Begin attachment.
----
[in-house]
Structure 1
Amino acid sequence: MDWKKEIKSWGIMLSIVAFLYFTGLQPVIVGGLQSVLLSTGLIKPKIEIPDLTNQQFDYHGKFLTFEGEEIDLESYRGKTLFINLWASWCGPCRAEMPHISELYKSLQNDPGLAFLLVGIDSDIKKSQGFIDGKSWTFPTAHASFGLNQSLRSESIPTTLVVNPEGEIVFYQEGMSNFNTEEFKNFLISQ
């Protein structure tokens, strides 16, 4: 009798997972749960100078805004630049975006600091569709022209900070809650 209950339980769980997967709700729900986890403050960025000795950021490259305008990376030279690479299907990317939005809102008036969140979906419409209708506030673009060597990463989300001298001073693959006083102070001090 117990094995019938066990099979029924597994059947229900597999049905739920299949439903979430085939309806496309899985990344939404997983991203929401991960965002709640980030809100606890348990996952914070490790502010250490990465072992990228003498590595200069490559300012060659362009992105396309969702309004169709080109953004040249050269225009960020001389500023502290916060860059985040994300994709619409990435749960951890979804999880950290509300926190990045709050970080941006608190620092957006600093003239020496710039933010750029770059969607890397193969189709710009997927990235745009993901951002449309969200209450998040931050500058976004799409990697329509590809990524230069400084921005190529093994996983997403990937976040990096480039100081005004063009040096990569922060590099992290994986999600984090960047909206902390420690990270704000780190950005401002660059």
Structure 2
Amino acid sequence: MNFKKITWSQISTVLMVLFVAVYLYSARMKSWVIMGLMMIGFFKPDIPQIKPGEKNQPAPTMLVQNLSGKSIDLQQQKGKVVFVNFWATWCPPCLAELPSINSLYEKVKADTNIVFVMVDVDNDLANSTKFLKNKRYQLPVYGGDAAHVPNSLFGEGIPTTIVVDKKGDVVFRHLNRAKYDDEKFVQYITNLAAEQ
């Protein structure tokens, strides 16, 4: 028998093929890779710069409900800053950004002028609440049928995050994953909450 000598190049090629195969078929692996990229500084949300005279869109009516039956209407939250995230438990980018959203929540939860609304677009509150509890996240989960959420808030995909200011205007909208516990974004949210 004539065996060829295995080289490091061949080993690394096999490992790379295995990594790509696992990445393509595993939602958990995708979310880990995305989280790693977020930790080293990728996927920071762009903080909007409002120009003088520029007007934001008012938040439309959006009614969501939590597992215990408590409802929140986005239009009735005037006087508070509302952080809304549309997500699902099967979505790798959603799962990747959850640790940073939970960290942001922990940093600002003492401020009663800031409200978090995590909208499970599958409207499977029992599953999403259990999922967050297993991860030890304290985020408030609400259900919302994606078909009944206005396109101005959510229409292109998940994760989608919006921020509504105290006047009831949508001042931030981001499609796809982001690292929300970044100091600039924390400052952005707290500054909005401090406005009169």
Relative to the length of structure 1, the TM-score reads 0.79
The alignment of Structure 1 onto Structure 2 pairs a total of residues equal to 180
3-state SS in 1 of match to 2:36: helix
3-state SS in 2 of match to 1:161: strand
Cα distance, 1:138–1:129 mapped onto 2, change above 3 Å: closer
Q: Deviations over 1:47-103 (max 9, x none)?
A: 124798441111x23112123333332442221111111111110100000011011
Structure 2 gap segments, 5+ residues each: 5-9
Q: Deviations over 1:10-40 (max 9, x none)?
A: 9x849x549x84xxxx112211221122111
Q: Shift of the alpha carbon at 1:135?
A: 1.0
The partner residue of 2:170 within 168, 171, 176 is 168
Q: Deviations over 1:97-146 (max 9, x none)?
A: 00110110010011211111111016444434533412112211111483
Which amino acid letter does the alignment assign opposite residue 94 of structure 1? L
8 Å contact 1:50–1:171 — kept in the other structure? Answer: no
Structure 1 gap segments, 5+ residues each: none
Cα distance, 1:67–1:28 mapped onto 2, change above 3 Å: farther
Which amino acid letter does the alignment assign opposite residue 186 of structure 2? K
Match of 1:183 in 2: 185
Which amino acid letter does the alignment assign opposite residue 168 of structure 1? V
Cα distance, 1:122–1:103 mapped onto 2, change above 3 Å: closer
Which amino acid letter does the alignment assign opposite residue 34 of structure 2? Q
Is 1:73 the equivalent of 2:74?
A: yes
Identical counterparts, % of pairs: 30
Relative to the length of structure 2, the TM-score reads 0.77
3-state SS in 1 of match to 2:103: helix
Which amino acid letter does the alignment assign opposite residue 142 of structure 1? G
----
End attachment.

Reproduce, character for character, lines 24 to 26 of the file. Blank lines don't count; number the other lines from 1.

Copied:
8 Å contact 1:50–1:171 — kept in the other structure? Answer: no
Structure 1 gap segments, 5+ residues each: none
Cα distance, 1:67–1:28 mapped onto 2, change above 3 Å: farther